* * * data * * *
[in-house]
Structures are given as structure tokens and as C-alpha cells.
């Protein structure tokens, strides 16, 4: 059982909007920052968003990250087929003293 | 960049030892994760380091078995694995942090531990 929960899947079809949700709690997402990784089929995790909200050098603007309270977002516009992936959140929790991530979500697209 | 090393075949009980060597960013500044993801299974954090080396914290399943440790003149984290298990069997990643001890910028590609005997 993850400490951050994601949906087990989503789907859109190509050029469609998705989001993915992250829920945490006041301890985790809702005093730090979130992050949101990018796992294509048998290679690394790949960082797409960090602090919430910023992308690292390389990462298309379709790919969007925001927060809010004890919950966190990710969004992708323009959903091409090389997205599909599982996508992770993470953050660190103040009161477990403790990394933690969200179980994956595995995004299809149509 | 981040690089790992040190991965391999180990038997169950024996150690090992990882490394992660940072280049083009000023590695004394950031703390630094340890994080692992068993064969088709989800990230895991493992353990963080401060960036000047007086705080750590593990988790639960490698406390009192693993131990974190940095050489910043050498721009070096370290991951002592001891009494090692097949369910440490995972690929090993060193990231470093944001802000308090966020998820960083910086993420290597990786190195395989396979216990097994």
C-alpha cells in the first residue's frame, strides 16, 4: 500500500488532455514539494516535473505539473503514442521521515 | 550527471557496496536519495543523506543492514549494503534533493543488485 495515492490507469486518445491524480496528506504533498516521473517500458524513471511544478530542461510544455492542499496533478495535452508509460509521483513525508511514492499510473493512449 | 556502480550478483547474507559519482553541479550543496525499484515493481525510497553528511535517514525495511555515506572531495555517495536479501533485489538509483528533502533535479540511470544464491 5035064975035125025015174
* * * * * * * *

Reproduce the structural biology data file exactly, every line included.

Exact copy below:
[in-house]
Structures are given as structure tokens and as C-alpha cells.
């Protein structure tokens, strides 16, 4: 059982909007920052968003990250087929003293 | 960049030892994760380091078995694995942090531990 929960899947079809949700709690997402990784089929995790909200050098603007309270977002516009992936959140929790991530979500697209 | 090393075949009980060597960013500044993801299974954090080396914290399943440790003149984290298990069997990643001890910028590609005997 993850400490951050994601949906087990989503789907859109190509050029469609998705989001993915992250829920945490006041301890985790809702005093730090979130992050949101990018796992294509048998290679690394790949960082797409960090602090919430910023992308690292390389990462298309379709790919969007925001927060809010004890919950966190990710969004992708323009959903091409090389997205599909599982996508992770993470953050660190103040009161477990403790990394933690969200179980994956595995995004299809149509 | 981040690089790992040190991965391999180990038997169950024996150690090992990882490394992660940072280049083009000023590695004394950031703390630094340890994080692992068993064969088709989800990230895991493992353990963080401060960036000047007086705080750590593990988790639960490698406390009192693993131990974190940095050489910043050498721009070096370290991951002592001891009494090692097949369910440490995972690929090993060193990231470093944001802000308090966020998820960083910086993420290597990786190195395989396979216990097994």
C-alpha cells in the first residue's frame, strides 16, 4: 500500500488532455514539494516535473505539473503514442521521515 | 550527471557496496536519495543523506543492514549494503534533493543488485 495515492490507469486518445491524480496528506504533498516521473517500458524513471511544478530542461510544455492542499496533478495535452508509460509521483513525508511514492499510473493512449 | 556502480550478483547474507559519482553541479550543496525499484515493481525510497553528511535517514525495511555515506572531495555517495536479501533485489538509483528533502533535479540511470544464491 5035064975035125025015174